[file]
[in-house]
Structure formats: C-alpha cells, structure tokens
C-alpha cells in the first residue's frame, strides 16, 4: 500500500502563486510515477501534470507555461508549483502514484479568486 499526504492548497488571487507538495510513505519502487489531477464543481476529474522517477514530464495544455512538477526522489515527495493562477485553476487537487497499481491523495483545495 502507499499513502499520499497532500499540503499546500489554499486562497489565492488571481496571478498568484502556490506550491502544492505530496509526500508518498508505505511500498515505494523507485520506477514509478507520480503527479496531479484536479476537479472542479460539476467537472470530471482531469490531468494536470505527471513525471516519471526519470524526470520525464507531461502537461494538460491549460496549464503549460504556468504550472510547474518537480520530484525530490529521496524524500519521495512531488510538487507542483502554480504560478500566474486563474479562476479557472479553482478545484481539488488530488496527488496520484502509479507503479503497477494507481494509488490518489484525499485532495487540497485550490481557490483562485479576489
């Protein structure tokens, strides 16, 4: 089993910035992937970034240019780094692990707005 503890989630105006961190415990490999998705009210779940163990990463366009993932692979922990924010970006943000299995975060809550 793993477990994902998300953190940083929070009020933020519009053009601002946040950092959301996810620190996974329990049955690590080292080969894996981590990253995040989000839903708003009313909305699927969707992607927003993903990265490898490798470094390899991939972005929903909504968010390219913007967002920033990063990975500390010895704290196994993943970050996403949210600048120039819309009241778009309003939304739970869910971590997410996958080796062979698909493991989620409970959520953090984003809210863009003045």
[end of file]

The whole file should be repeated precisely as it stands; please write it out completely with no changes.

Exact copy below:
[in-house]
Structure formats: C-alpha cells, structure tokens
C-alpha cells in the first residue's frame, strides 16, 4: 500500500502563486510515477501534470507555461508549483502514484479568486 499526504492548497488571487507538495510513505519502487489531477464543481476529474522517477514530464495544455512538477526522489515527495493562477485553476487537487497499481491523495483545495 502507499499513502499520499497532500499540503499546500489554499486562497489565492488571481496571478498568484502556490506550491502544492505530496509526500508518498508505505511500498515505494523507485520506477514509478507520480503527479496531479484536479476537479472542479460539476467537472470530471482531469490531468494536470505527471513525471516519471526519470524526470520525464507531461502537461494538460491549460496549464503549460504556468504550472510547474518537480520530484525530490529521496524524500519521495512531488510538487507542483502554480504560478500566474486563474479562476479557472479553482478545484481539488488530488496527488496520484502509479507503479503497477494507481494509488490518489484525499485532495487540497485550490481557490483562485479576489
């Protein structure tokens, strides 16, 4: 089993910035992937970034240019780094692990707005 503890989630105006961190415990490999998705009210779940163990990463366009993932692979922990924010970006943000299995975060809550 793993477990994902998300953190940083929070009020933020519009053009601002946040950092959301996810620190996974329990049955690590080292080969894996981590990253995040989000839903708003009313909305699927969707992607927003993903990265490898490798470094390899991939972005929903909504968010390219913007967002920033990063990975500390010895704290196994993943970050996403949210600048120039819309009241778009309003939304739970869910971590997410996958080796062979698909493991989620409970959520953090984003809210863009003045």